How to start interval training for cycling

Before you even consider start interval training for cycling, your fitness should be pretty good. That is a couple of levels above the actual foundation fitness, which you typically have during your secondary season.

In general most bike riders have the winter period as their secondary season.

By the way, always be careful to train interval training for cycling outside when it is frosty during your winter training. The very cold air in your lungs and neck can lead to unwelcome sick days.

Both length/duration and the type of interval vary a lot, depending on where you presently are in your development stage. It is incredibly important not to start out at lightning speed without the necessary fundamental training.

Conversely, I have met many on my way, who have been almost a little shy of interval training. This is a bit of a shame, as a racing cyclist pushes his/her boundaries and feels a huge reserve of strength after interval training and rest.

A good place to start is intervals of a duration of 3-5 minutes 2-3 times on a medium long training stint.

  1. Boonen determined to win Flandeere tourFor riders with heart rate monitors, the majority of all the intervals should, as described on this website, be ridden on approx. 84-90 % of your max pulse.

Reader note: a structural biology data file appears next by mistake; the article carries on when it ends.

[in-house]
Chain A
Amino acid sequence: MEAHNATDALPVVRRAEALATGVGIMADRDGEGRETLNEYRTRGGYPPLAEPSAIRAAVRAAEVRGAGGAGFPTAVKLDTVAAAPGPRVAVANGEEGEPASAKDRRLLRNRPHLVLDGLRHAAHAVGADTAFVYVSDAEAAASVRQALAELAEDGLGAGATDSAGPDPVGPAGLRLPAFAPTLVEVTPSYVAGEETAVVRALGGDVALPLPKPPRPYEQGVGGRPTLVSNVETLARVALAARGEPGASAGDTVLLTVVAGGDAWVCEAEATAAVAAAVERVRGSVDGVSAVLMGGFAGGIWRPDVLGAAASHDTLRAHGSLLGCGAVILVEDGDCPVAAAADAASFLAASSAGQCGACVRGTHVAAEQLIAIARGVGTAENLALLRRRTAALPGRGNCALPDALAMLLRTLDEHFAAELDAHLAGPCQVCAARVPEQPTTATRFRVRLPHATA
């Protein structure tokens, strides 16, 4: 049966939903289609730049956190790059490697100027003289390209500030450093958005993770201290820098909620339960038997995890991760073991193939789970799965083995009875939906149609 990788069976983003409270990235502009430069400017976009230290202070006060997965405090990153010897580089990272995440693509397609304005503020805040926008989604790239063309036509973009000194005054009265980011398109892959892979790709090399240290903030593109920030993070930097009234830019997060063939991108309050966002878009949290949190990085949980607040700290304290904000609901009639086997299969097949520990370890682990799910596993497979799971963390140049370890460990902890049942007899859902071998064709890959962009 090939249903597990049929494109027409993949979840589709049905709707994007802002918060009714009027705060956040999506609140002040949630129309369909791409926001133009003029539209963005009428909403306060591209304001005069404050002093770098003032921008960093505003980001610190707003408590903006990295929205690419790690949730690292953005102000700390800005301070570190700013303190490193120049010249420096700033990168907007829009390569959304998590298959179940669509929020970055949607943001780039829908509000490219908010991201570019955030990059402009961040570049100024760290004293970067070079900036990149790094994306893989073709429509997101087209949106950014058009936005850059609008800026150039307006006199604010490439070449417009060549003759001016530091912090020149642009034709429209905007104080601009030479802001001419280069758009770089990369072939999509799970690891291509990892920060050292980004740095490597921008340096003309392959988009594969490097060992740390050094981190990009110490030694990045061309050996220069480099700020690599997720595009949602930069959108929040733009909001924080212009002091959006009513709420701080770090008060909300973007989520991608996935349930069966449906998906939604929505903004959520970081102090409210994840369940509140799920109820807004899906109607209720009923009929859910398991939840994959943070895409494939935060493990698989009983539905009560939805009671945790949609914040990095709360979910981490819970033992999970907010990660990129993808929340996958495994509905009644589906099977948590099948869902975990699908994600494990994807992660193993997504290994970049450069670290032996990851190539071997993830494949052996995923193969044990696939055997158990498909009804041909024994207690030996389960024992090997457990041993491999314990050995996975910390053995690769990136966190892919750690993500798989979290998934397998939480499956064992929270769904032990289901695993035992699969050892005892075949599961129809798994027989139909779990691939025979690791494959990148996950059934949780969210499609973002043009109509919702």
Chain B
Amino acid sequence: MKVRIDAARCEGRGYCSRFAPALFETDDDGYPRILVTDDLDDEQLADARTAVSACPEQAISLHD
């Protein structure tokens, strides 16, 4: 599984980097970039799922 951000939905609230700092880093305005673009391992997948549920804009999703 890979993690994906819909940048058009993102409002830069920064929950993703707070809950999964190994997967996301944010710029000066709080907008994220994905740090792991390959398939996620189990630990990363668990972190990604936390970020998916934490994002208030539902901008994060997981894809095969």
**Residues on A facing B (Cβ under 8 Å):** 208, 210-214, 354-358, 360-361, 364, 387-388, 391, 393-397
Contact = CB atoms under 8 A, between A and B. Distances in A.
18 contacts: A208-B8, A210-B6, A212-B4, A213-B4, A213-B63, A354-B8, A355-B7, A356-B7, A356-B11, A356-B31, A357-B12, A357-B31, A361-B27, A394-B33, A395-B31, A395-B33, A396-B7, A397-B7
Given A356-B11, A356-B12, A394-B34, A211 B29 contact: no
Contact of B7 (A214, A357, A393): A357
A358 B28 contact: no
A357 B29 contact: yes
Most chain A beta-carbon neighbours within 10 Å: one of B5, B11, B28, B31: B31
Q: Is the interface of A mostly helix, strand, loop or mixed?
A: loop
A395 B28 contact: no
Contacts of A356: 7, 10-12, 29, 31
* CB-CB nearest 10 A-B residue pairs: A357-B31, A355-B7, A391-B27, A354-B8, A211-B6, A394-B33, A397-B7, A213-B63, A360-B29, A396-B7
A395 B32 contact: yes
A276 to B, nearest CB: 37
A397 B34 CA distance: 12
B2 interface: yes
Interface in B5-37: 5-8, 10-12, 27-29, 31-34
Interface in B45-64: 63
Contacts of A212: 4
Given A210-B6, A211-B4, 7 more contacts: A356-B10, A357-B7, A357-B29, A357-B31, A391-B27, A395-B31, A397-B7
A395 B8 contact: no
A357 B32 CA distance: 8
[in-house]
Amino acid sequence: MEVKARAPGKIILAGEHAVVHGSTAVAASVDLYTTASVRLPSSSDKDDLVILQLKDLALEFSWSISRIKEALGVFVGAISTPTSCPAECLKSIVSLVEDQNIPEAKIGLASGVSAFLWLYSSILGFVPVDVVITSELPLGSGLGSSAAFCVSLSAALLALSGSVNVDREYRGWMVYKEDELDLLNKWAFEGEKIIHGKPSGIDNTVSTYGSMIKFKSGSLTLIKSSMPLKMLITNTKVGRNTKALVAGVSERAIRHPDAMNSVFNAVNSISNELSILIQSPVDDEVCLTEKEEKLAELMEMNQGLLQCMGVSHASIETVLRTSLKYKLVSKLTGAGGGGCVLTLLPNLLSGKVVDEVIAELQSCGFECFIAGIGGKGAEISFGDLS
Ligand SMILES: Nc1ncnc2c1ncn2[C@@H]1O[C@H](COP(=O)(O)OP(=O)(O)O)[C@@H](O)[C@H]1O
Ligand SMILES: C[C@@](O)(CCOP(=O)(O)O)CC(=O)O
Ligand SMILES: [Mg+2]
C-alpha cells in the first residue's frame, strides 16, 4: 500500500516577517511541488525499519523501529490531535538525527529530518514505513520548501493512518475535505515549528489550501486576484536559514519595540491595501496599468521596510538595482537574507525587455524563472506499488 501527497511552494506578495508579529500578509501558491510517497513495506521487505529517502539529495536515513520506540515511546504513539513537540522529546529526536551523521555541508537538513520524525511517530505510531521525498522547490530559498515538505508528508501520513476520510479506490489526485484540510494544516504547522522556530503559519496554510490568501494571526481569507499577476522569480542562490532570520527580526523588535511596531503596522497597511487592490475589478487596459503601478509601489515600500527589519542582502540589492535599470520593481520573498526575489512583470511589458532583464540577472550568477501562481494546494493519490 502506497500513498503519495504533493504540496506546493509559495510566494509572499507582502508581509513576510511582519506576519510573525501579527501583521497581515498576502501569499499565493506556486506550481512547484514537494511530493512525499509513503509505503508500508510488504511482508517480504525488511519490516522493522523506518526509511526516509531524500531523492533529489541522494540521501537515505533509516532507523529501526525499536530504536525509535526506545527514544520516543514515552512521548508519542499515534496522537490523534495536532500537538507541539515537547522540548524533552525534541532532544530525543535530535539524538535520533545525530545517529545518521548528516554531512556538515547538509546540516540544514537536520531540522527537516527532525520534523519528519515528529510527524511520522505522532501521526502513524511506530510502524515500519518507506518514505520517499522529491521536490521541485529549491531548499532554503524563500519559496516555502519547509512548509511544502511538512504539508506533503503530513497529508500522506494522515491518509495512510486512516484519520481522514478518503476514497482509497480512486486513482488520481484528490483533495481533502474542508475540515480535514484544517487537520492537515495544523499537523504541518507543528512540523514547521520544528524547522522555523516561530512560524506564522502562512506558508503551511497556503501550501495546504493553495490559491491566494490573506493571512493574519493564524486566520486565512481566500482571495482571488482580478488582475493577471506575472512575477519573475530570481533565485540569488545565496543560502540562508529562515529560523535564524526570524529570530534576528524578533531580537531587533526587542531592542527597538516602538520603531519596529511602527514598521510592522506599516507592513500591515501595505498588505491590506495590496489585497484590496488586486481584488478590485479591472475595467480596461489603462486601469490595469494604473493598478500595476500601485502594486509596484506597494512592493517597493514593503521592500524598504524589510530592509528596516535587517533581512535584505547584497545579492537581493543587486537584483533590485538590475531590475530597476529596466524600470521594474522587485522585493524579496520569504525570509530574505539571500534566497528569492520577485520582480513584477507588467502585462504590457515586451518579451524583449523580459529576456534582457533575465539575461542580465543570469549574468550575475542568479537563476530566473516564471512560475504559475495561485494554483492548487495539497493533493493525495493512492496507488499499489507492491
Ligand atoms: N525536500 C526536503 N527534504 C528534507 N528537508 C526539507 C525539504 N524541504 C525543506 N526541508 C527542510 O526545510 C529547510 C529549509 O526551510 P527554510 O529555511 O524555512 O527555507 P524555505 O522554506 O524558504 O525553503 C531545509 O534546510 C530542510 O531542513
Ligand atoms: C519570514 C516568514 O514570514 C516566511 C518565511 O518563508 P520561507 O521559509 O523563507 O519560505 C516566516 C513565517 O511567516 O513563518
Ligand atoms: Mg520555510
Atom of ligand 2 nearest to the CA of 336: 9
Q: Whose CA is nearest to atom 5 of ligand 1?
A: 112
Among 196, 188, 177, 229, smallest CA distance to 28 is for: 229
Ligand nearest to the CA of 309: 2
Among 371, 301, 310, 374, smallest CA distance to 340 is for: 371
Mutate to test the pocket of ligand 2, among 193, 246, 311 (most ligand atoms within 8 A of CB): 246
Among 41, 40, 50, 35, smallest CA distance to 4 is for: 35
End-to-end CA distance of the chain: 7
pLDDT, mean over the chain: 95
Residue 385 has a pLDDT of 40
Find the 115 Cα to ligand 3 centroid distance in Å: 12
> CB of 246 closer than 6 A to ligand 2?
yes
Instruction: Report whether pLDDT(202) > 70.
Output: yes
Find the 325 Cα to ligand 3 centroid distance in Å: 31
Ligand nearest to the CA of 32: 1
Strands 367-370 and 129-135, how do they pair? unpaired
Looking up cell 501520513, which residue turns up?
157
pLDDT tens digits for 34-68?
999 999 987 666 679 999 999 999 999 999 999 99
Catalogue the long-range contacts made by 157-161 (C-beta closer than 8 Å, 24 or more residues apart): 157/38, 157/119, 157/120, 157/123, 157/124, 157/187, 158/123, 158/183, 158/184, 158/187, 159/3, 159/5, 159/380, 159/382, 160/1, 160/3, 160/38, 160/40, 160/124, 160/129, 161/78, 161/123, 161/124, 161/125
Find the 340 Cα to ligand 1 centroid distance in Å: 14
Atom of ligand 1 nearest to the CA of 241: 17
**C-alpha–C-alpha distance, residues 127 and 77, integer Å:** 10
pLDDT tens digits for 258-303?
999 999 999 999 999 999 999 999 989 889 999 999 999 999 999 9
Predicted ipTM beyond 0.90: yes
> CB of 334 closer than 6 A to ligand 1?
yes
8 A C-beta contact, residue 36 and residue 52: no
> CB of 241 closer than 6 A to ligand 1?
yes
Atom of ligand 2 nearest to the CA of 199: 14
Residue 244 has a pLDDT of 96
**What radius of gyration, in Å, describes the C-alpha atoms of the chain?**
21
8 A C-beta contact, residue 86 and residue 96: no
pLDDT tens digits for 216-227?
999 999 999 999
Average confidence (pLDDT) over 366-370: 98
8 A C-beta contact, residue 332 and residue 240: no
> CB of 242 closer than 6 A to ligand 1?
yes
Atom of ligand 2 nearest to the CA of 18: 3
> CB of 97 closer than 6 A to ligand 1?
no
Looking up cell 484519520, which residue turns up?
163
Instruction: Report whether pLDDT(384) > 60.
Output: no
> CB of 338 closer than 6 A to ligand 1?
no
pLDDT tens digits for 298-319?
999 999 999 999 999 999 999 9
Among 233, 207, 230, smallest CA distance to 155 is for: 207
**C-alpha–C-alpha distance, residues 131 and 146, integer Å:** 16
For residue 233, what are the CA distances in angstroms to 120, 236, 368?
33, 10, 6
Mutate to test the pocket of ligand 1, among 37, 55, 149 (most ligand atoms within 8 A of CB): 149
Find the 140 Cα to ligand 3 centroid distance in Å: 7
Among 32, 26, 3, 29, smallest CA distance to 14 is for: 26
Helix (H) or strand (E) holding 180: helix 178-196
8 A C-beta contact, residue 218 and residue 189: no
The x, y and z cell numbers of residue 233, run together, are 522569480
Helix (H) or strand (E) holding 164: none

2. The resting period should be ridden on approx. 60-65% of your max pulse.
  3. Breaks: Always have the same, or up to double the number of minutes/seconds rest of the duration of the interval you have just completed. You get absolutely the most out of an interval, when you don’t have any lactic acid in your legs and your pulse has dropped right down again.

Rest constitutes a period where you just roll along at an even pace. However, an exception from this rule is if you want to build up an actual max pulse interval. That is to say that you gradually build up the strain and heart rate until finally training so hard that your heart reaches its max strain BPM= (beats per. minute). This type of interval can increase your absorption of oxygen. That is the amount of oxygen you are able to absorb in your lungs and further out into your muscles.